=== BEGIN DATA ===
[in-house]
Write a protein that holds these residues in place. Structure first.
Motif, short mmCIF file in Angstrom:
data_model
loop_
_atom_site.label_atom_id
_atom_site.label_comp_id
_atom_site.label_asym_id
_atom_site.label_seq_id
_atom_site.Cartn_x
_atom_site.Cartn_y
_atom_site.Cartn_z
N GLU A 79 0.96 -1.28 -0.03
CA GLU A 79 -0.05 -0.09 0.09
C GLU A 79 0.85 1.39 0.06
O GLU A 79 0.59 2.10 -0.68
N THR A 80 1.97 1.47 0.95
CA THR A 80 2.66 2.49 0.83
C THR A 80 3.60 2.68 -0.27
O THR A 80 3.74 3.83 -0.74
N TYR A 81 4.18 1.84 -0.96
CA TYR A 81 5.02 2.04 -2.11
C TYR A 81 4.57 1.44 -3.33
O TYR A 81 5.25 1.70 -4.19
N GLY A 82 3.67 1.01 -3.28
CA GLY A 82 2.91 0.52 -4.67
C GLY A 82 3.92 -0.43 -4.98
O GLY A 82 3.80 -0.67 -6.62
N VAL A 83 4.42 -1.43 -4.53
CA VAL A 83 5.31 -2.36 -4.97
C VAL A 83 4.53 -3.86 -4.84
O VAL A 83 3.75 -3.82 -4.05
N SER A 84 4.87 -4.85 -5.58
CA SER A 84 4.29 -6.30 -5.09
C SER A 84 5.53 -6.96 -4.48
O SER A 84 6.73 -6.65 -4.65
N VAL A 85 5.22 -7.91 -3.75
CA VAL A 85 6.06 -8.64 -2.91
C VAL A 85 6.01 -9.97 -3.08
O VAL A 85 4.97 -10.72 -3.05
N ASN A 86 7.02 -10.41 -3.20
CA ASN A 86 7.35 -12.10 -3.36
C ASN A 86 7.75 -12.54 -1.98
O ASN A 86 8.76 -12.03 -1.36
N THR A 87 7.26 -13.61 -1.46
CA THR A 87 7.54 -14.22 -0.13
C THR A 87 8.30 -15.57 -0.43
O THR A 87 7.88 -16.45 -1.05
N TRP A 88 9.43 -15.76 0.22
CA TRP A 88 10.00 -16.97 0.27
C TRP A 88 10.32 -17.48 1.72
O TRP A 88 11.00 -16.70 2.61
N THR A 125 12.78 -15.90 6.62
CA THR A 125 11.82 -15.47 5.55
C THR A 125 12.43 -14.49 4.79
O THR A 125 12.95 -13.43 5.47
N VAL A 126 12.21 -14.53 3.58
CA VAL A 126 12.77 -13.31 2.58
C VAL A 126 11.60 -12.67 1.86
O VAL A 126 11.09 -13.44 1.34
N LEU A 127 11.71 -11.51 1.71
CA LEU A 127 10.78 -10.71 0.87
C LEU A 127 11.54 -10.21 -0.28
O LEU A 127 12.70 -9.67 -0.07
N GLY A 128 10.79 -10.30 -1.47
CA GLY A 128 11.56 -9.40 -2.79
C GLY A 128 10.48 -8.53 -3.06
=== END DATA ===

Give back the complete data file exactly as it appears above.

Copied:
[in-house]
Write a protein that holds these residues in place. Structure first.
Motif, short mmCIF file in Angstrom:
data_model
loop_
_atom_site.label_atom_id
_atom_site.label_comp_id
_atom_site.label_asym_id
_atom_site.label_seq_id
_atom_site.Cartn_x
_atom_site.Cartn_y
_atom_site.Cartn_z
N GLU A 79 0.96 -1.28 -0.03
CA GLU A 79 -0.05 -0.09 0.09
C GLU A 79 0.85 1.39 0.06
O GLU A 79 0.59 2.10 -0.68
N THR A 80 1.97 1.47 0.95
CA THR A 80 2.66 2.49 0.83
C THR A 80 3.60 2.68 -0.27
O THR A 80 3.74 3.83 -0.74
N TYR A 81 4.18 1.84 -0.96
CA TYR A 81 5.02 2.04 -2.11
C TYR A 81 4.57 1.44 -3.33
O TYR A 81 5.25 1.70 -4.19
N GLY A 82 3.67 1.01 -3.28
CA GLY A 82 2.91 0.52 -4.67
C GLY A 82 3.92 -0.43 -4.98
O GLY A 82 3.80 -0.67 -6.62
N VAL A 83 4.42 -1.43 -4.53
CA VAL A 83 5.31 -2.36 -4.97
C VAL A 83 4.53 -3.86 -4.84
O VAL A 83 3.75 -3.82 -4.05
N SER A 84 4.87 -4.85 -5.58
CA SER A 84 4.29 -6.30 -5.09
C SER A 84 5.53 -6.96 -4.48
O SER A 84 6.73 -6.65 -4.65
N VAL A 85 5.22 -7.91 -3.75
CA VAL A 85 6.06 -8.64 -2.91
C VAL A 85 6.01 -9.97 -3.08
O VAL A 85 4.97 -10.72 -3.05
N ASN A 86 7.02 -10.41 -3.20
CA ASN A 86 7.35 -12.10 -3.36
C ASN A 86 7.75 -12.54 -1.98
O ASN A 86 8.76 -12.03 -1.36
N THR A 87 7.26 -13.61 -1.46
CA THR A 87 7.54 -14.22 -0.13
C THR A 87 8.30 -15.57 -0.43
O THR A 87 7.88 -16.45 -1.05
N TRP A 88 9.43 -15.76 0.22
CA TRP A 88 10.00 -16.97 0.27
C TRP A 88 10.32 -17.48 1.72
O TRP A 88 11.00 -16.70 2.61
N THR A 125 12.78 -15.90 6.62
CA THR A 125 11.82 -15.47 5.55
C THR A 125 12.43 -14.49 4.79
O THR A 125 12.95 -13.43 5.47
N VAL A 126 12.21 -14.53 3.58
CA VAL A 126 12.77 -13.31 2.58
C VAL A 126 11.60 -12.67 1.86
O VAL A 126 11.09 -13.44 1.34
N LEU A 127 11.71 -11.51 1.71
CA LEU A 127 10.78 -10.71 0.87
C LEU A 127 11.54 -10.21 -0.28
O LEU A 127 12.70 -9.67 -0.07
N GLY A 128 10.79 -10.30 -1.47
CA GLY A 128 11.56 -9.40 -2.79
C GLY A 128 10.48 -8.53 -3.06